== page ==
Alexandria's founded by Alexander

Alexandria's founded by Alexander the Great (by year BC): 334 Alexandria in Troia (Turkey) - 333 Alexandria at Issus/Alexandrette (Iskenderun, Turkey) - 332 Alexandria of Caria/by the Latmos (Alinda, Turkey) - 331 Alexandria Mygdoniae - 331 Alexandria (Egypt) - 330 Alexandria in Areia (Herat, Afghanistan) - 330 Alexandria of the Prophthasia/in Dragiana/Phrada (Farah, Afghanistan) - 330 Alexandria in Arachosia (Kandahar, Afghanistan) - 330 Alexandria in Caucasus (Begram, Afghanistan) - 329 Alexandria of the Paropanisades (Ghazni, Afghanistan) - 329 Alexandria Eschate or Ultima (Khodjend, Tajikistan) - 329 Alexandria on the Oxus (Ai-Khanoum, Afghanistan) - 329 Alexandria in Margiana (Merv, Turkmenistan) - 326 Alexandria Nicaea (on the Hydaspes, India) - 326 Alexandria Bucephala (on the Hydaspes, India) - 325 Alexandria Sogdia - 325 Alexandria Rambacia (Bela, Pakistan) - 325 Alexandria Oreitide - 325 Alexandria in Opiene (confluence of Indus & Acesines, India) - 325 Alexandria on the Indus - 325 Alexandria Xylinepolis (Patala, India) - 325 Alexandria in Carminia (Gulashkird, Iran) - 324 Alexandria-on-the-Tigris/Antiochia-in-Susiana/Charax (Spasinou Charax on the Tigris, Iraq) - ?Alexandria of Carmahle? (Kahnu)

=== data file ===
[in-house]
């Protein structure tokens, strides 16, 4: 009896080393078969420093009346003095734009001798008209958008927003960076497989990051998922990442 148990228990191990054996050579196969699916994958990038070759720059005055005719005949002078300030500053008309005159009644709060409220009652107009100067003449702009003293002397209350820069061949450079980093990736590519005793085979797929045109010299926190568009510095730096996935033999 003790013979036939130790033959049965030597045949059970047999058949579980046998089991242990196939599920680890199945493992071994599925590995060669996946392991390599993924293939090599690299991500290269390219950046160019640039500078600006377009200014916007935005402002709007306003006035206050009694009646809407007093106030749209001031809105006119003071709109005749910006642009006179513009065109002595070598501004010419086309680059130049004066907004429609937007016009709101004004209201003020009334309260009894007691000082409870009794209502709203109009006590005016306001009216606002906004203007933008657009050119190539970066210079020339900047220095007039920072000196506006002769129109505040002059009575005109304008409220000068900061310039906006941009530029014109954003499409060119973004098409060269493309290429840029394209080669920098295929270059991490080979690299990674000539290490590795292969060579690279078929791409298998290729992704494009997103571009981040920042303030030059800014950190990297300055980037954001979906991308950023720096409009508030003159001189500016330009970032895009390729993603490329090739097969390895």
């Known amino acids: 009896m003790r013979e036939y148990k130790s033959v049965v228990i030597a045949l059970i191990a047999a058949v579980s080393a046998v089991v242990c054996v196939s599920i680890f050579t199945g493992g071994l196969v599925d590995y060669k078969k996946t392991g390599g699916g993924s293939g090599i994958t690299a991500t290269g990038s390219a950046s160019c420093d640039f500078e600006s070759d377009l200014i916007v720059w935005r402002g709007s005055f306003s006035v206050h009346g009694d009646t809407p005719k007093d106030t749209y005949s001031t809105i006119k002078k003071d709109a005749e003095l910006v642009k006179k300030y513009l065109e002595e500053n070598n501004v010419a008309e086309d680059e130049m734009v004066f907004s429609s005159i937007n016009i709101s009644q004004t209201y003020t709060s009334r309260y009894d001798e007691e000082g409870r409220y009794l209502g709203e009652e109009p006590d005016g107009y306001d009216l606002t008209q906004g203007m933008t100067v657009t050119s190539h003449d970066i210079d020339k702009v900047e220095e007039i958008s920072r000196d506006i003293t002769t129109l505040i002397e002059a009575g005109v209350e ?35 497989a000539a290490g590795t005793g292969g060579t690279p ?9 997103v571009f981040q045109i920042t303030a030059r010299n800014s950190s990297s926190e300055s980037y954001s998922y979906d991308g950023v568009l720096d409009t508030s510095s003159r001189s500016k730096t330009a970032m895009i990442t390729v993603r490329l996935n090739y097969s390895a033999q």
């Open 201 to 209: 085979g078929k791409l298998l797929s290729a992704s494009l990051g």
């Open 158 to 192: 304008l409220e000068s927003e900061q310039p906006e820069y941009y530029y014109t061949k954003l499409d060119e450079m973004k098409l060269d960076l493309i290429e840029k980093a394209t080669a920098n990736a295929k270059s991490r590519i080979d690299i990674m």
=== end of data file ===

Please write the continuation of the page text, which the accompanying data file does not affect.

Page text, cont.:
Tuesday, September 27, 2016

Setting a Symposium in motion

Modern technology enables to create a great many things we otherwise only could dream of. One of such a little marvel is bringing a Greek drinking party or symposium to life.



The idea was developed by the University of Oxford Faculty of Classics using a drinking cup from the Ashmolean Museum. The cup shows a Gorgon in its center, representing Medusa who could turn people into stone just by looking at them. This is where the animation starts and soon all the participants of the symposium depicted around her start moving but only when the Gorgon closes her eyes; they all stop as soon as she awakens.

In my earlier blog about Plato’s Symposium, I highlighted the main event of such a meeting based on Plato’s report, but evidently there is much more to it.

There is, for instance, the competitive aspect of Greek life which is also present in their symposia. It is about who tells the best jokes or the best stories, who was best at playing games or debating or even who was best at hitting the target by flinging the bottom content of his wine cup. Competition to draw the attention of a potential (male) lover was another favorite subject. This Greek competitiveness could easily turn into merciless rivalry. In the end, symposia were far more than a simple pastime.

The entire story of this drinking cup can further be “read” in the details given at the Panoply Vase Animation Project.

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